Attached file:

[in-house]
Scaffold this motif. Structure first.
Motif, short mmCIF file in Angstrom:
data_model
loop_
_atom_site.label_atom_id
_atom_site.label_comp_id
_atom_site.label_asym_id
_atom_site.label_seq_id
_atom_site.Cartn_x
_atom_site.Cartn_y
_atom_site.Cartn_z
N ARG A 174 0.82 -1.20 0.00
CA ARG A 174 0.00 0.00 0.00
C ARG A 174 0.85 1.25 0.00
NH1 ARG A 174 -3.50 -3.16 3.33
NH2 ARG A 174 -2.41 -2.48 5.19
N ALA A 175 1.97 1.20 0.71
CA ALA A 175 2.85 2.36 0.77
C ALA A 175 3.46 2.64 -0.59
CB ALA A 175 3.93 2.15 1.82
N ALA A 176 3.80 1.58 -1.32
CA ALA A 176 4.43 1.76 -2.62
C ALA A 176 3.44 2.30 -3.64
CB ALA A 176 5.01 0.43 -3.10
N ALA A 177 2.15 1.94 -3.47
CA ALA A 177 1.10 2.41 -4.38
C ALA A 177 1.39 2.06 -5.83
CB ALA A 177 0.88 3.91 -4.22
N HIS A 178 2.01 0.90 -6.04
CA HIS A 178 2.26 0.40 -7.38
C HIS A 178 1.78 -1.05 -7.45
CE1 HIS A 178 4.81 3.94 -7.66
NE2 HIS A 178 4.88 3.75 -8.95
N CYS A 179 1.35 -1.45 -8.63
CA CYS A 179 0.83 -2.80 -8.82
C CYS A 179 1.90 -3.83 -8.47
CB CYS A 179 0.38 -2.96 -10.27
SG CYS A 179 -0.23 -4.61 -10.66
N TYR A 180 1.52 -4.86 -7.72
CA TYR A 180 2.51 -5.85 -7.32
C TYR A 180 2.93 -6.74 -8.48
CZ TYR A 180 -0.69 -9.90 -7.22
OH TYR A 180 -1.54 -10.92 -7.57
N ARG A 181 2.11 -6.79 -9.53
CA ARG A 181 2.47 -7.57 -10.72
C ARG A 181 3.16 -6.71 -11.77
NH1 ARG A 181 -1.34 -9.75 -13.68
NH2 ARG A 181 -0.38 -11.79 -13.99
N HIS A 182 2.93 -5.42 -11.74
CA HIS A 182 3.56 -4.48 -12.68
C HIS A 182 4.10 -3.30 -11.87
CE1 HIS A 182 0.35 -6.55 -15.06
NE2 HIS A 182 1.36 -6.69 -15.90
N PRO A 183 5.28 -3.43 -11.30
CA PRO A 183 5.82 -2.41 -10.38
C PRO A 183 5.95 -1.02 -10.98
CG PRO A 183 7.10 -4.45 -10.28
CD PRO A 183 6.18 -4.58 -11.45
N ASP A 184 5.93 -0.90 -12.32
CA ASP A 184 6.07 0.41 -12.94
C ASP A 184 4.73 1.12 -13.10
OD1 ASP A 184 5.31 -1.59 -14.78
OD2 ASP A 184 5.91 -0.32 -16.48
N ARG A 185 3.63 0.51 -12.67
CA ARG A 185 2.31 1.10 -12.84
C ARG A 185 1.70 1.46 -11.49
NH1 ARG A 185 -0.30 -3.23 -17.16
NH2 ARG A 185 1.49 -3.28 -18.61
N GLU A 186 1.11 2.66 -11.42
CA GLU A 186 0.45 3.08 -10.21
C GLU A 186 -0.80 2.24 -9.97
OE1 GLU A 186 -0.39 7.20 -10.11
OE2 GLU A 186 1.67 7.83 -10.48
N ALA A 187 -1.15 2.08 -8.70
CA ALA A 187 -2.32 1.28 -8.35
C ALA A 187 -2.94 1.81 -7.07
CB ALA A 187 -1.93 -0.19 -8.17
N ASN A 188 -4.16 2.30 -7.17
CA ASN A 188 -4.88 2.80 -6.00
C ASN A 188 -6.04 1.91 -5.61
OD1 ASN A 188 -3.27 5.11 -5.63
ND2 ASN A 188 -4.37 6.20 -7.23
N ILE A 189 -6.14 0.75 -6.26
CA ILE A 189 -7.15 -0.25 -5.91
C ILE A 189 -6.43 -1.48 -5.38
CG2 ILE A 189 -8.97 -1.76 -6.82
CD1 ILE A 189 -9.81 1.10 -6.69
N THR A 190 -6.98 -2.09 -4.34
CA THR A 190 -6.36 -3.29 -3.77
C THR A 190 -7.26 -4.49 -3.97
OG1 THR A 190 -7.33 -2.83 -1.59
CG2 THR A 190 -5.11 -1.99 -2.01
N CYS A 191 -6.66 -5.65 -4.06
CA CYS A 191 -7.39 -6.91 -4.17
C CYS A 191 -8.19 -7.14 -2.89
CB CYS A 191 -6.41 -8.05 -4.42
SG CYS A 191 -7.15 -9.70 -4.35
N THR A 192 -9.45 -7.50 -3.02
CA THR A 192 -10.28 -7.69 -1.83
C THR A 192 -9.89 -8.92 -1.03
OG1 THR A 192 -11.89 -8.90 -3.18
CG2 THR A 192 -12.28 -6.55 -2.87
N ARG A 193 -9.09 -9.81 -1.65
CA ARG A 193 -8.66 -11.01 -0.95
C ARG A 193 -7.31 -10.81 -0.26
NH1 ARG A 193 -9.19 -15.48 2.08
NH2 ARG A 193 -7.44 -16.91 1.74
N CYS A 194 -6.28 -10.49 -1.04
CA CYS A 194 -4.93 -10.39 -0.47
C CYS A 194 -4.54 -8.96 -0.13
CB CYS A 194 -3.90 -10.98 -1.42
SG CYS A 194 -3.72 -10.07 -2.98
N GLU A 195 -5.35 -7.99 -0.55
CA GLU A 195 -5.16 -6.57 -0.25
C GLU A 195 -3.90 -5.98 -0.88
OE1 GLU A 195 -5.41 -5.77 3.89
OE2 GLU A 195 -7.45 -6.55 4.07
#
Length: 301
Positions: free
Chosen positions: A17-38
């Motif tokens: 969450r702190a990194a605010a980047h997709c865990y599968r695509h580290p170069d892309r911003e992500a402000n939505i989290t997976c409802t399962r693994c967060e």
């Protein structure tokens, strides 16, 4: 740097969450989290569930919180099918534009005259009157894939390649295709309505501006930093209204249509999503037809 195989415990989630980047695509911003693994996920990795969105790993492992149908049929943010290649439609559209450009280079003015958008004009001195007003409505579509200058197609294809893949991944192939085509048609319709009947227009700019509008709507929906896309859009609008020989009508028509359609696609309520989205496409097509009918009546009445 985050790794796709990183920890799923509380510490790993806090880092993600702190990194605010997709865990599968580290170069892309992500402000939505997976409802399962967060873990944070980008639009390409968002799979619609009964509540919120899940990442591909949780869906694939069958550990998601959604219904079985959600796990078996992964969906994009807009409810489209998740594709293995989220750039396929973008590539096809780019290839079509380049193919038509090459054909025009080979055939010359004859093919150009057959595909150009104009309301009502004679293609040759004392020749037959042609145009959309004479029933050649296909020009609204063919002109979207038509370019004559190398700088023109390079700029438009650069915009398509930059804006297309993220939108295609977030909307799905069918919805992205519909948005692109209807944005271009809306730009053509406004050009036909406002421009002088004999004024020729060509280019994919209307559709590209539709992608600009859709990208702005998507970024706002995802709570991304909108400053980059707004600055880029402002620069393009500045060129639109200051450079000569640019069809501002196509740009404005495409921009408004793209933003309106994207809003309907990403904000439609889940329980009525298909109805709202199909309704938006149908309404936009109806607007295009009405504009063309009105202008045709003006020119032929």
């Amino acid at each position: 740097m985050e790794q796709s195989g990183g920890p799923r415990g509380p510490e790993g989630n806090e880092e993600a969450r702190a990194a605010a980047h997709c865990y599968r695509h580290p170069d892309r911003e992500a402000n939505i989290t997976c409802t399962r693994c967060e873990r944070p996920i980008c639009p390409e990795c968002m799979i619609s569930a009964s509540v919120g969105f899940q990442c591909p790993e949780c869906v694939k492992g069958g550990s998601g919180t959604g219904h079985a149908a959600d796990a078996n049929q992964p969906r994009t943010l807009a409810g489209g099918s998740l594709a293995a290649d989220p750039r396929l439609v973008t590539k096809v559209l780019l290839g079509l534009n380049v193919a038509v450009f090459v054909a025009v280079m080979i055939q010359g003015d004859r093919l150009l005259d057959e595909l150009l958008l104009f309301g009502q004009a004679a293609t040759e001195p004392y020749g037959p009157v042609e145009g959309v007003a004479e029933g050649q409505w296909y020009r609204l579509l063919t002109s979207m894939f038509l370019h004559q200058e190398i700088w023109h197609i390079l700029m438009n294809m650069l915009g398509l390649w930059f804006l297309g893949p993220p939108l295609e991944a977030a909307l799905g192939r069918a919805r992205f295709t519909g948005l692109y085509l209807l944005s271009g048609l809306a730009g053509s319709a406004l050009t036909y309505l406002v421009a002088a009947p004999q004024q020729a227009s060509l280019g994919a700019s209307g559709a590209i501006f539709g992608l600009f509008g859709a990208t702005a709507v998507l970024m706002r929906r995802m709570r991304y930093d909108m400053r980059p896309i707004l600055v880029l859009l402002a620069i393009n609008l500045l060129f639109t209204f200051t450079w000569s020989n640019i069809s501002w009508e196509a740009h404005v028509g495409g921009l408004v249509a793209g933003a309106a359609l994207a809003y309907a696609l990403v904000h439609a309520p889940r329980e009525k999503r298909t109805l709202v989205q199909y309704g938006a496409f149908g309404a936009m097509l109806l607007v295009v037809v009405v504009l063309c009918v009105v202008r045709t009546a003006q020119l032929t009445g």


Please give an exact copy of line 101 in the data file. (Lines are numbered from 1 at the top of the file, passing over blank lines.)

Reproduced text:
C THR A 192 -9.89 -8.92 -1.03